What types of War Games are there and which do you run?
“There are three basic types, which are differentiated by their focus and purpose.
First, there are Tactical War Games. These are more short term in focus, say about one month to 1.5 years. They are run to help companies prepare their tactical approach or response to new product launches, new technologies, new legislation or new market entries either for the company or by their competitors. It can also be used prior to joint ventures, partnerships and M&As.
Then you have Strategic War Game, where the objective is to understand the competitive moves that might affect your industry within the next one to five years. This War Game can help generate possible future strategic plans from competitors, illuminating their strategic intent and preferred strategic positioning. Having unions, political parties, legislative bodies and industry associations send representative participants can help broaden the scope of the views brought in.
Thirdly, you can conduct Futuristic War Games. The scenarios can be based on trends and uncertainties from 5 up to 100 years. Usually, this War Game is used to understand trends and uncertainties from a 360-degree perspective, covering politics, macro economic factors, legal issues, societal trends, global technology trends etc. These workshops combine three methodologies; megatrends analysis, scenario analysis and war games."
What is some common feedback that you receive at the end of a War Game workshop?
“Many say “THIS WAS FUN!” at the end of a War Game. I think this is a very good response. If they thought it was fun, they are sure to put their intellectual efforts into play as well. War Gaming is like “learning by doing” and I think this is the most powerful mode of learning there is.”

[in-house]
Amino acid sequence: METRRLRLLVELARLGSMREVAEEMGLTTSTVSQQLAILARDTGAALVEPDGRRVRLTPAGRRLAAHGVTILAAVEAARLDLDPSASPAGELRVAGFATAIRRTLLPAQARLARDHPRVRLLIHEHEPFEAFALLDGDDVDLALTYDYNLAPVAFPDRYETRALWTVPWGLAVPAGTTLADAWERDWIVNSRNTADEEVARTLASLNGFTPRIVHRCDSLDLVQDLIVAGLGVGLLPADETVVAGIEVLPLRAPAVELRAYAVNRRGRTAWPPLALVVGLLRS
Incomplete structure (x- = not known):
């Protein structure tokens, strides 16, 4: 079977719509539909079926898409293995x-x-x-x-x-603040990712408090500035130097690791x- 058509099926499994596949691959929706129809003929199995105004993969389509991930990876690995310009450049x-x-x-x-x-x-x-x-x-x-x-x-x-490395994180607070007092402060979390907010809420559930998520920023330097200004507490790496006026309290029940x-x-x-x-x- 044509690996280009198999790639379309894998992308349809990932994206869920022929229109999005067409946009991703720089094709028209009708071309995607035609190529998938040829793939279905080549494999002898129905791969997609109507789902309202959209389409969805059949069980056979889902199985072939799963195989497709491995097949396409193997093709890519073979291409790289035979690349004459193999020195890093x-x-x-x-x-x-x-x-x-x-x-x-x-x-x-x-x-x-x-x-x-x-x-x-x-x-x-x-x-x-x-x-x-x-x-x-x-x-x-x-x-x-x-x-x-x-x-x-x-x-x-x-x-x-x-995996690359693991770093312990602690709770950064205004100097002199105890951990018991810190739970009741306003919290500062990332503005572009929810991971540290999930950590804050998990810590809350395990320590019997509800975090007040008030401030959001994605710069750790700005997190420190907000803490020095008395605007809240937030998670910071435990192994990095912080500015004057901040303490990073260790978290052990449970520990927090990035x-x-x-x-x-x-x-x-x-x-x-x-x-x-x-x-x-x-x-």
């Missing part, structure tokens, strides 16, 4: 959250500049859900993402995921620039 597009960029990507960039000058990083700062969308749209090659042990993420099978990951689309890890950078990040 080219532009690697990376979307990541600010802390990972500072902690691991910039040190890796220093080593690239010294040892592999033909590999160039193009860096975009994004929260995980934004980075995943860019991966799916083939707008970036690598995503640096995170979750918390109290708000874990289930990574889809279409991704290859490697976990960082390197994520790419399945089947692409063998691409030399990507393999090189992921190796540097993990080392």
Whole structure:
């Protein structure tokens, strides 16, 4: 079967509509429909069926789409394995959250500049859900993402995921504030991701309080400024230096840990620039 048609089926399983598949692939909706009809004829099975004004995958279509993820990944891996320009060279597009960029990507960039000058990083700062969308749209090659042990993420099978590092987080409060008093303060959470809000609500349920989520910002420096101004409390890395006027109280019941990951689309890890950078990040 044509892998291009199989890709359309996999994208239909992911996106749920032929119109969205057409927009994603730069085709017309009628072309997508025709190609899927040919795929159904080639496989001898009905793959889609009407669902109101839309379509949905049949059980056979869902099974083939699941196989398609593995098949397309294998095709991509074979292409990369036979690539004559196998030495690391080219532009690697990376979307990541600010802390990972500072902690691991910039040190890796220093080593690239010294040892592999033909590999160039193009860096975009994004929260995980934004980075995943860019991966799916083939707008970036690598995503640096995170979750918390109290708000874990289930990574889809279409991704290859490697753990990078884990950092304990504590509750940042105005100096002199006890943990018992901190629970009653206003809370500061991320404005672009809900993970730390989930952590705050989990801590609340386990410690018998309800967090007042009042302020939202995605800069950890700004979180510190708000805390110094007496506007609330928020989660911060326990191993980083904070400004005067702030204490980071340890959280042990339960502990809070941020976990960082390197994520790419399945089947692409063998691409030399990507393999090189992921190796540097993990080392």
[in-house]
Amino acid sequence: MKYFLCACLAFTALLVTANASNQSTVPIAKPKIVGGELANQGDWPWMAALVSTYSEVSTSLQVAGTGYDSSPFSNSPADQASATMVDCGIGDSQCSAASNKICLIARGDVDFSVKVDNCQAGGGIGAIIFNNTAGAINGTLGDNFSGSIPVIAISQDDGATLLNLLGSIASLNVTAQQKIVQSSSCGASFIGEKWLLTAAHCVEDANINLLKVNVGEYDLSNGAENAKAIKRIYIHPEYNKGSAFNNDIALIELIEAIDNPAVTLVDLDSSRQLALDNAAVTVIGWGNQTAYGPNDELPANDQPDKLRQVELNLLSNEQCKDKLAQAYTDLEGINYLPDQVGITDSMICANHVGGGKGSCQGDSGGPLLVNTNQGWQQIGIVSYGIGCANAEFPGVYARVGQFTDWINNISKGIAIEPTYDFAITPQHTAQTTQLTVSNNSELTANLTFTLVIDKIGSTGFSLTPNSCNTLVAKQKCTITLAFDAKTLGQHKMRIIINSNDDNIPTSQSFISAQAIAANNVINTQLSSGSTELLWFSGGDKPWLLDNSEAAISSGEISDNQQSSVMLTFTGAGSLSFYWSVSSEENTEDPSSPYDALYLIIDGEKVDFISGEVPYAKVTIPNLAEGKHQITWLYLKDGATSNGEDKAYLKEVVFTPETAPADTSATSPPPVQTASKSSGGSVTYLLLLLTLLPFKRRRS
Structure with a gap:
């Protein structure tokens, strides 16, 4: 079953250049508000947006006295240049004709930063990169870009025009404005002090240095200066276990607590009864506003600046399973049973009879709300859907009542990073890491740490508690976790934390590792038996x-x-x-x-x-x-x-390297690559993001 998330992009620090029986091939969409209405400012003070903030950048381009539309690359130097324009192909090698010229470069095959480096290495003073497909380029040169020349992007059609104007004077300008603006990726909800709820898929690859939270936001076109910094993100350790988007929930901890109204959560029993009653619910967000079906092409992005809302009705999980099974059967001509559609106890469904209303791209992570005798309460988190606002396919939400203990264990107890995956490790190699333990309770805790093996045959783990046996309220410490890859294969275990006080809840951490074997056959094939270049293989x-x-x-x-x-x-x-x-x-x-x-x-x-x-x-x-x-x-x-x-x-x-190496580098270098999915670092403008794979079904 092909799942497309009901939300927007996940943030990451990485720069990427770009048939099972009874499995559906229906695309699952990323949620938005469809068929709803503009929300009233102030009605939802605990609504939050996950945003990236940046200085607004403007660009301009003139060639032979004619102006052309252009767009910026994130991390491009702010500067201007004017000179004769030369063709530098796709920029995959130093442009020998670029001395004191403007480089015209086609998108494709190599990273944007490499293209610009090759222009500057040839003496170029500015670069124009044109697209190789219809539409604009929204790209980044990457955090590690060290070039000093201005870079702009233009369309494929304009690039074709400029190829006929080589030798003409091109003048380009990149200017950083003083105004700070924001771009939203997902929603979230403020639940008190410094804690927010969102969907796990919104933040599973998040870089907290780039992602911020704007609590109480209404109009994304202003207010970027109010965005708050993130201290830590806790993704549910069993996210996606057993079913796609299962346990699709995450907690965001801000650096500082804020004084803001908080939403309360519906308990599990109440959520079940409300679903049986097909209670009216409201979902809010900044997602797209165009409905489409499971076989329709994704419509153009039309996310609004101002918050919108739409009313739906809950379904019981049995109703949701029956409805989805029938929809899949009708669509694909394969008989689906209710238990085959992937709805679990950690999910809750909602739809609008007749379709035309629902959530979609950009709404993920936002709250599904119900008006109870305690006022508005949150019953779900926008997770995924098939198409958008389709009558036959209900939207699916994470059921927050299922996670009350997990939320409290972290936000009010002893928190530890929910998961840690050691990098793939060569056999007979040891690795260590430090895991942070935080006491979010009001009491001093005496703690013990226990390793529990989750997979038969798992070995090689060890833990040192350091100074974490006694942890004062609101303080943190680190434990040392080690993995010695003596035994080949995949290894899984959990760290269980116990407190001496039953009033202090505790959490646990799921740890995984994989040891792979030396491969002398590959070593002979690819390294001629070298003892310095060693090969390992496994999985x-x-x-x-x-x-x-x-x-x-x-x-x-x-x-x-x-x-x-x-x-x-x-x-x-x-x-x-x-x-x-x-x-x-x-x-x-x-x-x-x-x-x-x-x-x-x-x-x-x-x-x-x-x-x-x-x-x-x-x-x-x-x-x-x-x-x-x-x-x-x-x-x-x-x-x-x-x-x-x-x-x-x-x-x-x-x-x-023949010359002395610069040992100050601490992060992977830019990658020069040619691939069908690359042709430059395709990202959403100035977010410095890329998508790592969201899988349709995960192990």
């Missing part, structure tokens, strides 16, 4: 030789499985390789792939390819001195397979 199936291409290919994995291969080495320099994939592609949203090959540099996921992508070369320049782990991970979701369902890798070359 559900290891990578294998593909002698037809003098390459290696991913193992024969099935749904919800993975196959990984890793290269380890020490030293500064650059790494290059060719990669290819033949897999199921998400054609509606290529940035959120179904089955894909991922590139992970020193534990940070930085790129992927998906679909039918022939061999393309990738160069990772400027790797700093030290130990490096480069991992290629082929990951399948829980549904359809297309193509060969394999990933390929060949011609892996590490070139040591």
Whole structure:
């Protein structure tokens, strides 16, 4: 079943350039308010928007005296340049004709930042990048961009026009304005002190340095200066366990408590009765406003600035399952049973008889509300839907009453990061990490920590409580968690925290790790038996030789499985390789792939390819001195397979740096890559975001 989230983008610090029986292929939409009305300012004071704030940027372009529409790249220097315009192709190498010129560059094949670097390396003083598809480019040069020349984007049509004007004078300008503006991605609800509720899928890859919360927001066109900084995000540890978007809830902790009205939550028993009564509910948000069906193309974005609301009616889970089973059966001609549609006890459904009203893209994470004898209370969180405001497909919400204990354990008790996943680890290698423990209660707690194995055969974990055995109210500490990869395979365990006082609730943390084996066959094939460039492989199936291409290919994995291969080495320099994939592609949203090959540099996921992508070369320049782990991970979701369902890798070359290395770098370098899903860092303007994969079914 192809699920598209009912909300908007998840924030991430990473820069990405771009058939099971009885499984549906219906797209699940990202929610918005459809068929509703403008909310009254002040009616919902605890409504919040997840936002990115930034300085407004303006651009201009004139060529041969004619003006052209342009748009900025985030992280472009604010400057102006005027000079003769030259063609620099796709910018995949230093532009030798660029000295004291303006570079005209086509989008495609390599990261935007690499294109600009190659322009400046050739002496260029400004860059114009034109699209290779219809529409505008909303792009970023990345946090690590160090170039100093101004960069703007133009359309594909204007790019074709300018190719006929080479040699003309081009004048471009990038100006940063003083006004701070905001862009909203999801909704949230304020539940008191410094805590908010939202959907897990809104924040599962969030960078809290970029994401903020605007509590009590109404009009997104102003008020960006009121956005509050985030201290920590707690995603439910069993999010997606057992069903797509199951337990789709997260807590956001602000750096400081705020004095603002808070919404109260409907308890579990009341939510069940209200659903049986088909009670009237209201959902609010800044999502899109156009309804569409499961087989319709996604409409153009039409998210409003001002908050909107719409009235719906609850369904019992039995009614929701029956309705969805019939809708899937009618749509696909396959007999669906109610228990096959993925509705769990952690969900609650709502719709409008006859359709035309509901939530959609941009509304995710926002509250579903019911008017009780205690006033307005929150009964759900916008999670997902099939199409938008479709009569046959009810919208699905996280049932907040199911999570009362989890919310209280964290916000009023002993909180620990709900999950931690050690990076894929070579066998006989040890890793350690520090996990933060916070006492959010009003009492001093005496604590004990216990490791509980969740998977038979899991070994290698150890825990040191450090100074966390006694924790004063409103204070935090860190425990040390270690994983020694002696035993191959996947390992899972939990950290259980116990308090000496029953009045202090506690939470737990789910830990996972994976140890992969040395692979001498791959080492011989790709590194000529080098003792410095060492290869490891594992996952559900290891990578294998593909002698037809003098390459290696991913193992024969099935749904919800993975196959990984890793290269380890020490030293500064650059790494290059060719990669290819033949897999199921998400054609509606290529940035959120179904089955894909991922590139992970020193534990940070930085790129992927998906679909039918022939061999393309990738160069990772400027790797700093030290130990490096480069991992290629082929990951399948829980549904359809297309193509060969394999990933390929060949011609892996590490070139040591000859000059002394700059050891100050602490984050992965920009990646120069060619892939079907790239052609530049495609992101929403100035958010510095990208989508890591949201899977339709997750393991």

Do you have any other practical advice for those interested in running business War Games?
“The five golden rules of war-gaming are preparation, specifying the outcome, making it fun, follow up and team composition.
First, you need to prepare at least three to six months ahead of the Game. And you must specify the expected outcome. Be very sure that you know what you want to get out of the game, and plan for this. And don’t forget to make it fun and intellectually challenging.
Monitor what is happening and how well your predictions and activities worked out. This is needed in order to learn for the next War Game.
Ensure that you have participants from a wide variety of corporate units in order to create a multifaceted picture of the present and future marketplace.”
What are the benefits of an external facilitator?
“Choose to work with someone who has a proven track record. This way, you get someone who can facilitate the workshop and focus on the actual action, and not need to think about all the practicalities.
It’s very useful to get an external perspective from your facilitator. Sometimes it might be difficult to see things outside what you are used to. The facilitator will force you to “become” the competition.
Most importantly, an external facilitator like GIA can develop the needed fact packs for each competitor or player in the game. This can save a lot of time and money.”